“One of the reasons we made this was not just the nostalgia for people who fondly remember the original, but the much bigger gaming audience that is there now – there’s some people that have never played that game. Just looking at it for the pure money for hours ratio, I think it’s remarkable value. People have got different value models, but for me there’s a huge amount of video game there.”

As great as it is to revisit Paradise City, there’s also a desire to see Criterion making more games in the series, or even leading development of new games. The studio today is very different to the one of five years ago, after the majority of its staff left to join Ghost Games on Need for Speed, its founders left to form an indie studio. However, Criterion have grown once more and made some of the best parts of the Star Wars Battlefront games: the VR Mission for the first and the Starfighter Assault mode in the second.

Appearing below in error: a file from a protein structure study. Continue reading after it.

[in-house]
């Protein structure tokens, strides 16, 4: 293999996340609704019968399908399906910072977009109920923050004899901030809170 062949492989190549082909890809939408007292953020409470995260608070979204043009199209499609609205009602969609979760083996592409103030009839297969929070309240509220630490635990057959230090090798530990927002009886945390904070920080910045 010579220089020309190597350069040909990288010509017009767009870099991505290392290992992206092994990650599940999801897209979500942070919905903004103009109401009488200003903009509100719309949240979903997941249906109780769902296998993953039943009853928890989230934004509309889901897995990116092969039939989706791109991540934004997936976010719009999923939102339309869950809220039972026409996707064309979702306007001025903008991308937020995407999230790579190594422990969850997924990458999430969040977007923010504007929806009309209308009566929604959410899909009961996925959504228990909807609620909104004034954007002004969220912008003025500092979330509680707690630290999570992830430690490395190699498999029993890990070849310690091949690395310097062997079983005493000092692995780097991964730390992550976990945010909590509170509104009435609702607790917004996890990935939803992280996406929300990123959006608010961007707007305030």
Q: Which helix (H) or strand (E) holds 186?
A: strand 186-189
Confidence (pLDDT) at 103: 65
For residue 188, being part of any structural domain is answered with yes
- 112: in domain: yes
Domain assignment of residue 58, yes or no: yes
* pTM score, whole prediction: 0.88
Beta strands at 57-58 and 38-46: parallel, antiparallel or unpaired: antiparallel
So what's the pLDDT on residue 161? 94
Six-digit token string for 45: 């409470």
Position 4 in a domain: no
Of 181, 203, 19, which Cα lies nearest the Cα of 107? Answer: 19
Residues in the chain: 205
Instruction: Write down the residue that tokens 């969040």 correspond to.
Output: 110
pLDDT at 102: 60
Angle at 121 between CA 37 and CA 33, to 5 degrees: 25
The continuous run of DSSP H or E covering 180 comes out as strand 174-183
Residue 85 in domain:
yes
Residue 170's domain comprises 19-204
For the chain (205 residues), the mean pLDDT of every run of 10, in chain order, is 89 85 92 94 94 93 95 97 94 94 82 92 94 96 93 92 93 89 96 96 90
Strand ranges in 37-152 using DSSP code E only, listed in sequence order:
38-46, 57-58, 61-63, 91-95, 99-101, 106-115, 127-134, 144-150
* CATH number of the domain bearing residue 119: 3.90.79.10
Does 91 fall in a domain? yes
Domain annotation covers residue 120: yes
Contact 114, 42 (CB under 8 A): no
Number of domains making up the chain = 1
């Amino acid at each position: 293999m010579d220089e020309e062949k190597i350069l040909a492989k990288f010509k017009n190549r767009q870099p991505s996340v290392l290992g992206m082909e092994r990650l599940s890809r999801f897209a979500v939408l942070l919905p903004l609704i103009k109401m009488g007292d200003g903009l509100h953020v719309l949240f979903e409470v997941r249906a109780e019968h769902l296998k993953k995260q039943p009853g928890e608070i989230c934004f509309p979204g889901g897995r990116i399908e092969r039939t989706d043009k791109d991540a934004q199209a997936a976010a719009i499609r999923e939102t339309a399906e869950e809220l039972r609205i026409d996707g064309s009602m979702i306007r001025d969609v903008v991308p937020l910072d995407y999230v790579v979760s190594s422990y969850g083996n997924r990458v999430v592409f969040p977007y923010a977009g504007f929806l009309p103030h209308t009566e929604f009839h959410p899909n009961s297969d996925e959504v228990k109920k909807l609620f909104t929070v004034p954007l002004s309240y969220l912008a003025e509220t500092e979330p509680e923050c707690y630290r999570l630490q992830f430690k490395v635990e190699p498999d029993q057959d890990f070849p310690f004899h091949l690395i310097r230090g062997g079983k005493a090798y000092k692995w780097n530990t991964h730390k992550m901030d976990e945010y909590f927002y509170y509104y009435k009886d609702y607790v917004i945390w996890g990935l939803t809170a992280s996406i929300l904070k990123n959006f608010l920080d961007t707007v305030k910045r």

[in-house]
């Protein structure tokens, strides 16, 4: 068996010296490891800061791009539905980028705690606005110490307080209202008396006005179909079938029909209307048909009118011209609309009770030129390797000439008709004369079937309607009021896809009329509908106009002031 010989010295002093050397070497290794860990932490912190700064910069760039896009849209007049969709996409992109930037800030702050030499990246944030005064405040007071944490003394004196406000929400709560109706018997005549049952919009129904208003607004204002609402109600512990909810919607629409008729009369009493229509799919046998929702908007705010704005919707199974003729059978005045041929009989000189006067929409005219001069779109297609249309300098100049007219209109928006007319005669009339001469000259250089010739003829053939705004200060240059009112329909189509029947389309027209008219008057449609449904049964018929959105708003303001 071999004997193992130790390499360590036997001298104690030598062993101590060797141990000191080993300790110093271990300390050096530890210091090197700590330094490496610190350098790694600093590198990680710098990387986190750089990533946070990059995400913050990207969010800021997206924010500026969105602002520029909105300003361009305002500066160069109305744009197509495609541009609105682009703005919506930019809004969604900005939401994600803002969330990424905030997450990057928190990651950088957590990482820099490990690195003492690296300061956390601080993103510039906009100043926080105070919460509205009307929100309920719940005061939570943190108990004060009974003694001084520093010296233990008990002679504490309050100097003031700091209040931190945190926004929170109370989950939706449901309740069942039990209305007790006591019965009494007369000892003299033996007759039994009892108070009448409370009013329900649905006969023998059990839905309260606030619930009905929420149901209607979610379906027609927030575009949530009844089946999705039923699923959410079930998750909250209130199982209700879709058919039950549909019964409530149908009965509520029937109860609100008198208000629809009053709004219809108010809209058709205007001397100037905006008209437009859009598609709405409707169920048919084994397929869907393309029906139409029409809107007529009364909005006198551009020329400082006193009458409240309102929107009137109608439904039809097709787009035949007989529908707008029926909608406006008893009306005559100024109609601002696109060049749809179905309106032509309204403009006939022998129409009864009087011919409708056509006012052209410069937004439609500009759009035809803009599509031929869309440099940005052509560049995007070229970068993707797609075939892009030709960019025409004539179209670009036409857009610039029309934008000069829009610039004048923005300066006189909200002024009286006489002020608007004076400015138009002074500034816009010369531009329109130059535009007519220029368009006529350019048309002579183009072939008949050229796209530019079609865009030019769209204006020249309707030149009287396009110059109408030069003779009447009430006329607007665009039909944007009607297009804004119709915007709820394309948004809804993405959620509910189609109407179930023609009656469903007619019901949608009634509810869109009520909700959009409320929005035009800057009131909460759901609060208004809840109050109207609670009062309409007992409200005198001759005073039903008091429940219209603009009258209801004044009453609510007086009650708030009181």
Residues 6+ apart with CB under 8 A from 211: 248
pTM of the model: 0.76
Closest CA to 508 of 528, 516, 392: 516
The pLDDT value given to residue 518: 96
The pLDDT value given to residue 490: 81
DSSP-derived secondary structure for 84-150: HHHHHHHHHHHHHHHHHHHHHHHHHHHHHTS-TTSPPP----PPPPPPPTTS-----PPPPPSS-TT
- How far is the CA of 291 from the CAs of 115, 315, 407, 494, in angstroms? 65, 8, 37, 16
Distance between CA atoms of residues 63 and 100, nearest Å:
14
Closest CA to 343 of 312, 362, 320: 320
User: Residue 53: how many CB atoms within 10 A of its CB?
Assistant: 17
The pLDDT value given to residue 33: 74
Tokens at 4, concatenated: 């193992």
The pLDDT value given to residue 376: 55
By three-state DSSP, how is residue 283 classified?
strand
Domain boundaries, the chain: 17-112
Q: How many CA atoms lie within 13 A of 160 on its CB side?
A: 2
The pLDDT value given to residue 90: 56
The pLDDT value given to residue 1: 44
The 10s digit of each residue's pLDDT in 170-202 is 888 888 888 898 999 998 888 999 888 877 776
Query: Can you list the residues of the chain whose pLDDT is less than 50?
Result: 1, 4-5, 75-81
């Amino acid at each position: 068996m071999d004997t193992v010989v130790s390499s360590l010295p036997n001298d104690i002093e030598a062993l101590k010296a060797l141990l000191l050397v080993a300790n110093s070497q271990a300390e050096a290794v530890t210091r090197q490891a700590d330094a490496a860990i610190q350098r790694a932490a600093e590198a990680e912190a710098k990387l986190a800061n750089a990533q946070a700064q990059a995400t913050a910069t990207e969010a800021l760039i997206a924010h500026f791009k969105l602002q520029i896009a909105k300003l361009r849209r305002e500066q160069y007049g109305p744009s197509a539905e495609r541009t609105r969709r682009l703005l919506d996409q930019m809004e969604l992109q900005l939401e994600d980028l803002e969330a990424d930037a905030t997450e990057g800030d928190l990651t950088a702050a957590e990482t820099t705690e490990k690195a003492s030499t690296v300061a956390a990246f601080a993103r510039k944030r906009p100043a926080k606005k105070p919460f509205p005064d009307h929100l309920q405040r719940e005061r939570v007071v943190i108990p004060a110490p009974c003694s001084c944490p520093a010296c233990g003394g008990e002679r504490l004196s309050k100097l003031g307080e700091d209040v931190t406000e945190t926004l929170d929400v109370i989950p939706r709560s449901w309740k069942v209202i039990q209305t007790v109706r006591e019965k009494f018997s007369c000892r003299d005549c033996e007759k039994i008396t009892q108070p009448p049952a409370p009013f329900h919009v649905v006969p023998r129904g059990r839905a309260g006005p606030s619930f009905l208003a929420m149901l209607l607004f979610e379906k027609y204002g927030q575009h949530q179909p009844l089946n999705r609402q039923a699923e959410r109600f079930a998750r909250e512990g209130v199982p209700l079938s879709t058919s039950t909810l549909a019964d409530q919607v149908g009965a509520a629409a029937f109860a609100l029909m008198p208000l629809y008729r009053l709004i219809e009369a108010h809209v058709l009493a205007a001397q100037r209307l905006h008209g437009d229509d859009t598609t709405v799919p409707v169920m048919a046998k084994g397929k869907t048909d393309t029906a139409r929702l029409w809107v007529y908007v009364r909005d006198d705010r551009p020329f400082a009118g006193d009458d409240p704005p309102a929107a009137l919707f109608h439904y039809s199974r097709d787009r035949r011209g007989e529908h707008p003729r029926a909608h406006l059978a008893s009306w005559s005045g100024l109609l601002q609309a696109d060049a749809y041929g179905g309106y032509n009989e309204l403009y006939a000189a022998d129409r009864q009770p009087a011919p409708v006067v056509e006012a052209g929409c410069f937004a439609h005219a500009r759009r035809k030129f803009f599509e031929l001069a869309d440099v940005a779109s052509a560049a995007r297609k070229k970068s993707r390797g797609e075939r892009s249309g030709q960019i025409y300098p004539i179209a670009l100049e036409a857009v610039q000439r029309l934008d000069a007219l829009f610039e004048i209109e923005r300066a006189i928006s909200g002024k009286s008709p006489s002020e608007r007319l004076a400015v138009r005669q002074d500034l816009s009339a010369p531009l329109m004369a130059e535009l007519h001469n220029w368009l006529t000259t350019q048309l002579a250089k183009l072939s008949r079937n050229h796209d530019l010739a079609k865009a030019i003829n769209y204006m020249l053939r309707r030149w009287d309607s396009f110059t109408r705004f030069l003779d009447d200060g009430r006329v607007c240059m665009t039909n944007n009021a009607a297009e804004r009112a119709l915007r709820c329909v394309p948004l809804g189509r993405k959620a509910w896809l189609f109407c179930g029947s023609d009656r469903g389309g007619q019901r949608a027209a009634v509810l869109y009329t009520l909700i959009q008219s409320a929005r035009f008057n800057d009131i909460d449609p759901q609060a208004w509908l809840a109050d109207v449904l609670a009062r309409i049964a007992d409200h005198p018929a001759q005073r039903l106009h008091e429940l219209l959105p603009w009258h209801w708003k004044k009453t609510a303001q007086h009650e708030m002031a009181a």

Matt said, “First off, Starfighter Assault, we had an absolute blast making that! If I’m honest, I think it’s our best work. It’s a huge amount of gameplay, it looks great, it sounds great, we did it from start to finish, and I think it’s our best work to date.

“That took a huge amount of effort. Criterion is now up over 100 people, we’ve learned a huge amount, we’re cooking up new things, and we’re enjoying bringing our own particular view on video games in our collaborations. Particularly the one we’ve had with DICE over the course of the last couple of years.”

Will Criterion get to making arcade racers again? Maybe, maybe not. Matt isn’t telling, but said, “We are cooking up a bunch of things, and unfortunately I’m not able to tell you what they are, but we’re in really rude health, let me tell you that!”